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High Street Green Roman barrow

List Entry Summary

This monument is scheduled under the Ancient Monuments and Archaeological Areas Act 1979 as amended as it appears to the Secretary of State to be of national importance. This entry is a copy, the original is held by the Department for Digital, Culture, Media and Sport.

Name: High Street Green Roman barrow

List entry Number: 1015578


The monument may lie within the boundary of more than one authority.

County: Hertfordshire

District: Dacorum

District Type: District Authority


National Park: Not applicable to this List entry.

Grade: Not applicable to this List entry.

Date first scheduled: 23-Aug-1934

Date of most recent amendment: 24-Dec-1996

Legacy System Information

The contents of this record have been generated from a legacy data system.

Legacy System: RSM

UID: 27901

Asset Groupings

This list entry does not comprise part of an Asset Grouping. Asset Groupings are not part of the official record but are added later for information.

List entry Description

Summary of Monument

Legacy Record - This information may be included in the List Entry Details.

Reasons for Designation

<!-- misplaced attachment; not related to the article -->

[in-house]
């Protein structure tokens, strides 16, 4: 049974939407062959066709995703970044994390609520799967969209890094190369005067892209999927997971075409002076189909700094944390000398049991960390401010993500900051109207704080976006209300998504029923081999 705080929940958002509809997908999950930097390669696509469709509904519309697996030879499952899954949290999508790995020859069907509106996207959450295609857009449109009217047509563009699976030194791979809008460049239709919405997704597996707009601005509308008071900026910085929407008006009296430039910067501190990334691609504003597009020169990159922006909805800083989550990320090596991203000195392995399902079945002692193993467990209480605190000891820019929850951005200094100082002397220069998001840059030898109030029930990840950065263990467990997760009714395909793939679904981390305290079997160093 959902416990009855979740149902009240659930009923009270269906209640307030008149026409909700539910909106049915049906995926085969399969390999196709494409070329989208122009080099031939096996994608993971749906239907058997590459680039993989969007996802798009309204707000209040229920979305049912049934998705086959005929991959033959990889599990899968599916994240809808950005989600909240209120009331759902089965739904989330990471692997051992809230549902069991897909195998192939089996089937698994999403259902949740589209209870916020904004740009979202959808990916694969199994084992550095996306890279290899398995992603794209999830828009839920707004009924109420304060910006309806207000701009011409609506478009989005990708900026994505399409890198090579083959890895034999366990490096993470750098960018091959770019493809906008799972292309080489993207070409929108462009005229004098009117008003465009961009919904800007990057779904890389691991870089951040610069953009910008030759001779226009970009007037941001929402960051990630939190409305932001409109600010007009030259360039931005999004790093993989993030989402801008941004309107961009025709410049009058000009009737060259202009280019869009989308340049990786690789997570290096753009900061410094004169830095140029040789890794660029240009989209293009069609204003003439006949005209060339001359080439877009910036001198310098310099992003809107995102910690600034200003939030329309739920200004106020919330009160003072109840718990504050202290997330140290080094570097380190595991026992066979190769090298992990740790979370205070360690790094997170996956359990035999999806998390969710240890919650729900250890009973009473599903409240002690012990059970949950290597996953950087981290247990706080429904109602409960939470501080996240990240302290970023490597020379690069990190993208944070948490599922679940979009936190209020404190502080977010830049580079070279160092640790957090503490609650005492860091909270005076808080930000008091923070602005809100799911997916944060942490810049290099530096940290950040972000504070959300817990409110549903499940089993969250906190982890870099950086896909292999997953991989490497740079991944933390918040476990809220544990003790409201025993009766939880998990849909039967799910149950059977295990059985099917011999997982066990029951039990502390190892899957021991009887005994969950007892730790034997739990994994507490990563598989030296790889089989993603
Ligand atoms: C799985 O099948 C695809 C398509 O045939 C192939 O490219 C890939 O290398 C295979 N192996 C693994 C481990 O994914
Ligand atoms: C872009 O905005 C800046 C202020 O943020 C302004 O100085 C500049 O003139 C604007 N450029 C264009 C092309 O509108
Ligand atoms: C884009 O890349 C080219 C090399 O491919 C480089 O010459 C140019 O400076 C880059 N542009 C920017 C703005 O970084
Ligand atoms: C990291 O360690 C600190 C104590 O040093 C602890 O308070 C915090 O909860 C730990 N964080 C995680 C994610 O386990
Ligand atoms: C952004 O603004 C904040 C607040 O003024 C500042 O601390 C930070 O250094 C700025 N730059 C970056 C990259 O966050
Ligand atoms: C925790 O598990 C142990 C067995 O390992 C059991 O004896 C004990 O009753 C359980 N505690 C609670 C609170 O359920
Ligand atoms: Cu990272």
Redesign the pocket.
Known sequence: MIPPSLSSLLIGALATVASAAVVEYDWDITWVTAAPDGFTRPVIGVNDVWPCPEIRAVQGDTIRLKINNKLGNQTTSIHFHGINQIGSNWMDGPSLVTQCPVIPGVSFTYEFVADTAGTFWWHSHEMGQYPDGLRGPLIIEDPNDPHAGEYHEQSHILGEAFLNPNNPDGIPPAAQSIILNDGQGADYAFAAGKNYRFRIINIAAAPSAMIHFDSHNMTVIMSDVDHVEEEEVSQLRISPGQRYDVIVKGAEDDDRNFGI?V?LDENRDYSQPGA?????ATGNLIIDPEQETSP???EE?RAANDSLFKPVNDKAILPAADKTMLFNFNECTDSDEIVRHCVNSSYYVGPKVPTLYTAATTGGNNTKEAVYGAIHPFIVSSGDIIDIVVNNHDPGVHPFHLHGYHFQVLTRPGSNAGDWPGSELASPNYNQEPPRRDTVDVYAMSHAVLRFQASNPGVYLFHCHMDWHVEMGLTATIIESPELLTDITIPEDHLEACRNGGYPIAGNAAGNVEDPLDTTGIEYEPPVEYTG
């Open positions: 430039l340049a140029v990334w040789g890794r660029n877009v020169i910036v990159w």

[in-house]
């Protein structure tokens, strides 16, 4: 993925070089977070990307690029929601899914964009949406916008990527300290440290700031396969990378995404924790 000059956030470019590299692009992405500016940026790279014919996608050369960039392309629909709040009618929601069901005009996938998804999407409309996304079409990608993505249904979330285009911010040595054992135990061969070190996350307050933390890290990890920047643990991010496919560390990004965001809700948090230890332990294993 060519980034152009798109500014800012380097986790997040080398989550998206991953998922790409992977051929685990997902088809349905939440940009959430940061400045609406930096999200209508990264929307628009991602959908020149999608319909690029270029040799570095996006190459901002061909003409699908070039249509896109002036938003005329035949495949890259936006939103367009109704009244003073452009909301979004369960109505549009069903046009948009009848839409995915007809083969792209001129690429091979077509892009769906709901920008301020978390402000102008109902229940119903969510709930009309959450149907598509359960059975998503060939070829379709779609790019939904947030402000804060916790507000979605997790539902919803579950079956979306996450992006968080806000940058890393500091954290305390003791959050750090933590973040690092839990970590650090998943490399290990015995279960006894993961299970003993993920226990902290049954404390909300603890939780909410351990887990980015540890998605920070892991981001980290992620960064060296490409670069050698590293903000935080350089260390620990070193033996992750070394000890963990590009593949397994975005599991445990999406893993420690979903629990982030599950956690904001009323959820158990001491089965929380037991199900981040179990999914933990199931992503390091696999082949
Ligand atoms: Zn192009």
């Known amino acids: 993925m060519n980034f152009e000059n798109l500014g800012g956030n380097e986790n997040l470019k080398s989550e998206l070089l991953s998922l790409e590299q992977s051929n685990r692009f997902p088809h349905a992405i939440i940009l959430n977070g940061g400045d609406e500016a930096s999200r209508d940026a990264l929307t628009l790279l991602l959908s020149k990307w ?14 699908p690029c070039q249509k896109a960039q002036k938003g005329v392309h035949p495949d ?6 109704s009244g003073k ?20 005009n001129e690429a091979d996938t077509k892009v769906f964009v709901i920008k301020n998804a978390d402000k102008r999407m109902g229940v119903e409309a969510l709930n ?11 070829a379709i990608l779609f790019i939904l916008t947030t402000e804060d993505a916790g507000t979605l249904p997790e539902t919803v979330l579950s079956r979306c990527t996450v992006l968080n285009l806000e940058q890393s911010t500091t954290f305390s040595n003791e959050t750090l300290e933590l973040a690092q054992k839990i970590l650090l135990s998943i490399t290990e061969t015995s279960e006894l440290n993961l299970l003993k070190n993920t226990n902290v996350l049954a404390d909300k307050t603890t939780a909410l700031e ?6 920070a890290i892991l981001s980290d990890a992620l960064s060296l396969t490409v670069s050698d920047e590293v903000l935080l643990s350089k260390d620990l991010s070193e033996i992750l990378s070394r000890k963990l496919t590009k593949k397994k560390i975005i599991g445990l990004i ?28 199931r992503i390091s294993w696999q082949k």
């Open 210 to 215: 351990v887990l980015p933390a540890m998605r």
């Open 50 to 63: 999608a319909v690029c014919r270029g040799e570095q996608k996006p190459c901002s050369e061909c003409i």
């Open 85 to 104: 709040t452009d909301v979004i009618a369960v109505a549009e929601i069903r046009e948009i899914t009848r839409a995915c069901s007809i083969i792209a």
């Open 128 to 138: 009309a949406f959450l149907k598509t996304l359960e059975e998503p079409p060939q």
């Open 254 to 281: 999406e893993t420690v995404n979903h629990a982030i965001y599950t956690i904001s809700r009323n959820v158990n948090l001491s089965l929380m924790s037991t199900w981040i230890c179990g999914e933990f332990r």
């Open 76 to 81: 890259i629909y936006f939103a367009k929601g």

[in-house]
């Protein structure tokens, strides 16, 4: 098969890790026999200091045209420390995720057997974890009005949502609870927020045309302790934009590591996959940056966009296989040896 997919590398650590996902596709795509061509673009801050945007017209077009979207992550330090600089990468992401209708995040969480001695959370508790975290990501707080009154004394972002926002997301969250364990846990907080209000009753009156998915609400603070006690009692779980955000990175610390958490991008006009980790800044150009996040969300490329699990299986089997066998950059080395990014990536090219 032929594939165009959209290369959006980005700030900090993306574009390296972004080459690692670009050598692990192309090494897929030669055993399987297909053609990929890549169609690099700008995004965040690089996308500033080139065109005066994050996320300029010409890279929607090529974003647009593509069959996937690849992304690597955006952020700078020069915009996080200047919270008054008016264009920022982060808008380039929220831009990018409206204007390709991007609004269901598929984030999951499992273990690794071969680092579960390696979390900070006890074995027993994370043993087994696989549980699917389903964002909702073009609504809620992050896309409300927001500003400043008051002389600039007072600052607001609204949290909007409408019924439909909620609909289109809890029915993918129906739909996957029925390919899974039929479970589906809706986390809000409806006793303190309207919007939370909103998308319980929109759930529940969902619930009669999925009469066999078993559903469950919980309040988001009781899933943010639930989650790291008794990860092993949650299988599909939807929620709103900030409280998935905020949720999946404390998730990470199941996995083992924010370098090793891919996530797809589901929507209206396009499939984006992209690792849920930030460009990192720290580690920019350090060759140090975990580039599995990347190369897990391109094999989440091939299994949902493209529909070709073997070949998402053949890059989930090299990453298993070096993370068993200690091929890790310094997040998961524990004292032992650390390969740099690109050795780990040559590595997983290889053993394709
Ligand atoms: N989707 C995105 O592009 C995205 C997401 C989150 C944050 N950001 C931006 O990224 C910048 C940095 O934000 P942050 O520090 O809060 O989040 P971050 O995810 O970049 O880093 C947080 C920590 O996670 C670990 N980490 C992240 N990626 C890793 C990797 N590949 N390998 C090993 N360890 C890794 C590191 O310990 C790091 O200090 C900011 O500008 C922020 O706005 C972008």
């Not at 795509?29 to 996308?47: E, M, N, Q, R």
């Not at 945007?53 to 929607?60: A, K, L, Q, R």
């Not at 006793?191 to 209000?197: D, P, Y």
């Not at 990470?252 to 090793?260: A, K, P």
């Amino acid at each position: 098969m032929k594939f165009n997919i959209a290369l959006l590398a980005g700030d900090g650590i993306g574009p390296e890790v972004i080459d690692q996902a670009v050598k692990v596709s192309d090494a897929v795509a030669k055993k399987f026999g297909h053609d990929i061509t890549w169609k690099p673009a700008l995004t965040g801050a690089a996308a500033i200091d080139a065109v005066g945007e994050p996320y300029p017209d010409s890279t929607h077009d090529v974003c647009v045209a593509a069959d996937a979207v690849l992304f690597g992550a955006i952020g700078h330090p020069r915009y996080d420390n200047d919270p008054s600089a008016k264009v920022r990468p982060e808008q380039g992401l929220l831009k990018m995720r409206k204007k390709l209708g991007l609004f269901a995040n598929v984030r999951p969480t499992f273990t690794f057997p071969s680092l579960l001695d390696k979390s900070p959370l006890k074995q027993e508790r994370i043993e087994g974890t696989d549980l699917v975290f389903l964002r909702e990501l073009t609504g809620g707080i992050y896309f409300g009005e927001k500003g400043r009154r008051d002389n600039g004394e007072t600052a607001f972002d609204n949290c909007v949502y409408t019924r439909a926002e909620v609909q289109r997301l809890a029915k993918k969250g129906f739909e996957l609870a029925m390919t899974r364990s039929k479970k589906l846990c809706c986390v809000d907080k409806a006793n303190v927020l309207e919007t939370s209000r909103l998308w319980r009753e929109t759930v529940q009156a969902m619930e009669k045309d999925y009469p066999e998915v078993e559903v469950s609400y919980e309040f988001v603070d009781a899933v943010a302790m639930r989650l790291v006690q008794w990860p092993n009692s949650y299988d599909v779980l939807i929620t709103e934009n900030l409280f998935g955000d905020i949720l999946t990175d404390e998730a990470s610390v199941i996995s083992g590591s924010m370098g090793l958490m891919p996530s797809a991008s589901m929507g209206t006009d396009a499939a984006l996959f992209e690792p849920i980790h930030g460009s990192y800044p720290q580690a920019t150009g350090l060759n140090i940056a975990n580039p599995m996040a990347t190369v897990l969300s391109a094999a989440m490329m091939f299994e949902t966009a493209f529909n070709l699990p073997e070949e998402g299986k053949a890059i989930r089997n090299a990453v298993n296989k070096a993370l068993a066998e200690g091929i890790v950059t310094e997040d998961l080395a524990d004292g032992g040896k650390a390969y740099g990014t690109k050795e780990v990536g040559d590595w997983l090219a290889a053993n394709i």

Earthen barrows are the most visually spectacular survivals of a wide variety of funerary monuments in Britain dating to the Roman period. Constructed as steep-sided conical mounds, usually of considerable size and occasionally with an encircling bank or ditch, they covered one or more burials, generally believed to be those of high-ranking individuals. The burials were mainly cremations, although inhumations have been recorded, and were often deposited with accompanying grave goods in chambers or cists constructed of wood, tile or stone sealed beneath the barrow mound. Occasionally the mound appears to have been built directly over a funeral pyre. The barrows usually occur singly, although they can be grouped into "cemeteries" of up to ten examples. They are sited in a variety of locations but often occur near Roman roads. A small number of barrows were of particularly elaborate construction, with masonry revetment walls or radial internal walls. Roman barrows are rare nationally, with less than 150 recorded examples, and are generally restricted to lowland England with the majority in East Anglia. The earliest examples date to the first decades of the Roman occupation and occur mainly within this East Anglian concentration. It has been suggested that they are the graves of native British aristocrats who chose to perpetuate aspects of Iron Age burial practice. The majority of the barrows were constructed in the early second century AD but by the end of that century the fashion for barrow building appears to have ended. Occasionally the barrows were re-used when secondary Anglo-Saxon burials were dug into the mound. Many barrows were subjected to cursory investigation by antiquarians in the 19th century and, as little investigation to modern standards has taken place, they remain generally poorly understood. As a rare monument type which exhibits a wide diversity of burial tradition all Roman barrows, unless significantly damaged, are identified as nationally important.